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A new generation sequencing device, which is unique in the Central European region, was installed at the molecular diagnostics laboratory of the 1st Department of Pathology and Experimental Cancer Research. Thanks to the state-of-the-art technology built in the device, it is capable of scanning twice as many samples at the same time as the previously used device. This allows the laboratory to support targeted tumour therapies and related research with greater efficiency and capacity than before. The acquisition of the device was realised within the oncogenomics grant application led by Dr. András Matolcsy and other development resources which fit in with institution’s development project started three years ago. A number of research and industry collaborations have been realised, such as an oncogenomic database of genetic differences of the most common tumour types and newly developed gene panels.  

The development of the molecular diagnostics laboratory started three years ago within the framework of the Hungarian Oncogenome and Personalised Diagnostics and Therapy Programme led by the 1st Department of Pathology and Cancer Research. The new generation sequencing (NGS) technology was installed in the existing infrastructure at the end of last year. Based on the report of Dr. Csaba Bödör, research fellow at the 1st Department of Pathology and Experimental Cancer Research and head of the molecular diagnostics unit, the laboratory’s infrastructure includes the device, which is the most up-to-date technology currently available in the region, other NGS devices, digital PCR and Nanostring technology.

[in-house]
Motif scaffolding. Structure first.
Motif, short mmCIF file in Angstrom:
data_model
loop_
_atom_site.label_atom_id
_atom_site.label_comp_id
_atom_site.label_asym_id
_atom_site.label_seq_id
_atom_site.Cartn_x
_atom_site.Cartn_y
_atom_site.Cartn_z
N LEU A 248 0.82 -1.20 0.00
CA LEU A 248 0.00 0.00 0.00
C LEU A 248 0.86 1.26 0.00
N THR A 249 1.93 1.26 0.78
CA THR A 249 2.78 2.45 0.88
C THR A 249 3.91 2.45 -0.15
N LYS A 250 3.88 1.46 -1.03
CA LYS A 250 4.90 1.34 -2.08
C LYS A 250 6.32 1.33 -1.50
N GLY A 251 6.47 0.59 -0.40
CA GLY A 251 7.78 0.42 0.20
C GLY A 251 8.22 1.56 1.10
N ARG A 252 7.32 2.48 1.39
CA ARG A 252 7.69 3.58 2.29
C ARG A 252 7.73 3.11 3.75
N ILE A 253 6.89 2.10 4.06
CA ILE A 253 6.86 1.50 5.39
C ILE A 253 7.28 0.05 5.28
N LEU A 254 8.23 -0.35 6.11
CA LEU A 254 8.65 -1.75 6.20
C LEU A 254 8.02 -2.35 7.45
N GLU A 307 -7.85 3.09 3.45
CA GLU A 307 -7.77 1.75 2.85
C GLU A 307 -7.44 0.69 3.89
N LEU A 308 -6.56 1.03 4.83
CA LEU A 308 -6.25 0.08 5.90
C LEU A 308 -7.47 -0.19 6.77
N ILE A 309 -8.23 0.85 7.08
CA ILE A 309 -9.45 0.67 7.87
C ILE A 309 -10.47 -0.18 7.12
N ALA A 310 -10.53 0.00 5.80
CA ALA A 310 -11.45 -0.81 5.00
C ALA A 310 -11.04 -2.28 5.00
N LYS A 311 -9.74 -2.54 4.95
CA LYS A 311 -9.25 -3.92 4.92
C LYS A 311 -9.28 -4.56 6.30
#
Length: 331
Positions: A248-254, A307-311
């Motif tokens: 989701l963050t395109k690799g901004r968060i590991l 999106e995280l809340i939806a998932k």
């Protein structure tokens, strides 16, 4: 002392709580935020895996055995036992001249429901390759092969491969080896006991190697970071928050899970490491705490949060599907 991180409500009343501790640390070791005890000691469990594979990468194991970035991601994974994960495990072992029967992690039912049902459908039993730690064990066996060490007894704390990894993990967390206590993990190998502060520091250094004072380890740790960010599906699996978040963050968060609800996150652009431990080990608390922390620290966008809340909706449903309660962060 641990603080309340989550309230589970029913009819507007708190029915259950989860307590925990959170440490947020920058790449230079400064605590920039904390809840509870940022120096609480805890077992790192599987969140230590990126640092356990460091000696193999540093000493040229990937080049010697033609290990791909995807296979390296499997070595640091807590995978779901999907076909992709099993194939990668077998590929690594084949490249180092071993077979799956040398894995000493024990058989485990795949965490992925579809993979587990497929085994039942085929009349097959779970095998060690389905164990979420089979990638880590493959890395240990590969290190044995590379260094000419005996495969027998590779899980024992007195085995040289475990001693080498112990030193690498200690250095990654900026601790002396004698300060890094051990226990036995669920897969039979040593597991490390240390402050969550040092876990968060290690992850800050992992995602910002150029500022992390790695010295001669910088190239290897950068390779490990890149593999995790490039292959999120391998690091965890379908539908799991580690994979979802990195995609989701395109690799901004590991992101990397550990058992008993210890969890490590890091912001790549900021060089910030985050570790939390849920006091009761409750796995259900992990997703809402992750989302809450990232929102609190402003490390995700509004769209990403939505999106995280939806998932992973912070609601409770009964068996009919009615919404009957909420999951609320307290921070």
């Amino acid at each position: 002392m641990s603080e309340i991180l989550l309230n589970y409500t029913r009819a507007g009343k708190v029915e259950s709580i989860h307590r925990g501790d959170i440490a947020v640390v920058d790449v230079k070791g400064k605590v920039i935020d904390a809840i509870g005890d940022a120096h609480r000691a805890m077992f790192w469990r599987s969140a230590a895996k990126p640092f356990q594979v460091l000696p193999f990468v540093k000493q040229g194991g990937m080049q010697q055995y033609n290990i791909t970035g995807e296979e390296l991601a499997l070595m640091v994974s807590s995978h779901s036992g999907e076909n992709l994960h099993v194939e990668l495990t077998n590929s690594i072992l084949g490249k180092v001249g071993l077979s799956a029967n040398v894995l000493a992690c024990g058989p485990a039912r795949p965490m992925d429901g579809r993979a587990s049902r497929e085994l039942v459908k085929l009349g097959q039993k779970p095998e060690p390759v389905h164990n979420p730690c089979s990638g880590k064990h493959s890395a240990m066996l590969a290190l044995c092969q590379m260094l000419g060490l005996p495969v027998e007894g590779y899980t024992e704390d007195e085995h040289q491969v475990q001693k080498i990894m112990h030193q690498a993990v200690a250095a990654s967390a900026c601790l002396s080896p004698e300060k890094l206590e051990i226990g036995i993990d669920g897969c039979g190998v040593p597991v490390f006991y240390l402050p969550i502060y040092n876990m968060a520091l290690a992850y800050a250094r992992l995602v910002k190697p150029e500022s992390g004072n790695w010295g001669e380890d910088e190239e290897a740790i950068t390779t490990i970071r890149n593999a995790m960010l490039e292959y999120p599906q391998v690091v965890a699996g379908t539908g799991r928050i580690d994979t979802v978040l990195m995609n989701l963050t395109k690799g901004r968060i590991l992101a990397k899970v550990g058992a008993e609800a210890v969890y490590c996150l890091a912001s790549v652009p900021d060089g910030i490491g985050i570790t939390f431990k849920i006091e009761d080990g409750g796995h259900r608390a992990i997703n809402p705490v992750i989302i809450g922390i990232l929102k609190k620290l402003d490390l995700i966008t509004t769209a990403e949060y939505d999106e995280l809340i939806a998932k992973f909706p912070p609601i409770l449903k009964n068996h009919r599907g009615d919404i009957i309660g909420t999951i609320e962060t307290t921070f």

“An internationally competitive molecular diagnostic infrastructure has been set up at the university with its main profile being the comprehensive genetic analysis supporting targeted cancer therapies and focused genetic testing of various tumour types. The new device will also enable cost-effective exome sequencing studies at the university. During genomic profiling over 500 genes of a patient can be studied simultaneously in the lab, which is currently the most extensive and advanced oncological profiling available.”, Dr. Csaba Bödör said.